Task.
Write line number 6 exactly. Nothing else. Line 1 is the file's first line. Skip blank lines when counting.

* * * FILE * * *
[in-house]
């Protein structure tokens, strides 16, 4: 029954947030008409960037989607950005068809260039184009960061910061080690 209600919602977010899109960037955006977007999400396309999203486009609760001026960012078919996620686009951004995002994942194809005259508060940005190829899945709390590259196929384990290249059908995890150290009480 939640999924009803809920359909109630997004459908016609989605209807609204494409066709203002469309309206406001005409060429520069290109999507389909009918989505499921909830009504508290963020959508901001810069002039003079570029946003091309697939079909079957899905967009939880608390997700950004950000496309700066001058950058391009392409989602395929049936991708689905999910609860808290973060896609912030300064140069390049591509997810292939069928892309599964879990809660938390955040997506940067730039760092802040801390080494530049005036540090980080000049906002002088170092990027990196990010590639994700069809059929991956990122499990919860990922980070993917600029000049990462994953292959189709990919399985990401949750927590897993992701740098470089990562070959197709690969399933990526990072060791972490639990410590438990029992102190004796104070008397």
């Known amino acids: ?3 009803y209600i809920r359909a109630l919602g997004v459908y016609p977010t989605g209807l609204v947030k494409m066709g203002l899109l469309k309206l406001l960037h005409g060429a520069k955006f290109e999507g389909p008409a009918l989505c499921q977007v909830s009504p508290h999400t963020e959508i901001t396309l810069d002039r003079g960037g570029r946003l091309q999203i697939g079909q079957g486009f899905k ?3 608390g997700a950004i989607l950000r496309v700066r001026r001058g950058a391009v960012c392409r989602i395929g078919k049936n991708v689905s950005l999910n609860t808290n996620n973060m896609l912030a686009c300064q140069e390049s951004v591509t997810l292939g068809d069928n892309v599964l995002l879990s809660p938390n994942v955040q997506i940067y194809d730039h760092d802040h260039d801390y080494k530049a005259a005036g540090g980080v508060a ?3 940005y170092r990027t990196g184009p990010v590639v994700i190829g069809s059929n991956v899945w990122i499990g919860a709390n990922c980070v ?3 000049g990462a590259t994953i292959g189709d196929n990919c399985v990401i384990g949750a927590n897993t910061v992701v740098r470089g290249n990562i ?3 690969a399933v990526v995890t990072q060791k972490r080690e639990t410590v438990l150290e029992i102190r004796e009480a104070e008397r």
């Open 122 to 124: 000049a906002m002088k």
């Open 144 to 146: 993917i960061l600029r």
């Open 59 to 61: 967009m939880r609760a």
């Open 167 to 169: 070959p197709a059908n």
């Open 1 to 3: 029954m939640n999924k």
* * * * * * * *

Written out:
């Open 59 to 61: 967009m939880r609760a």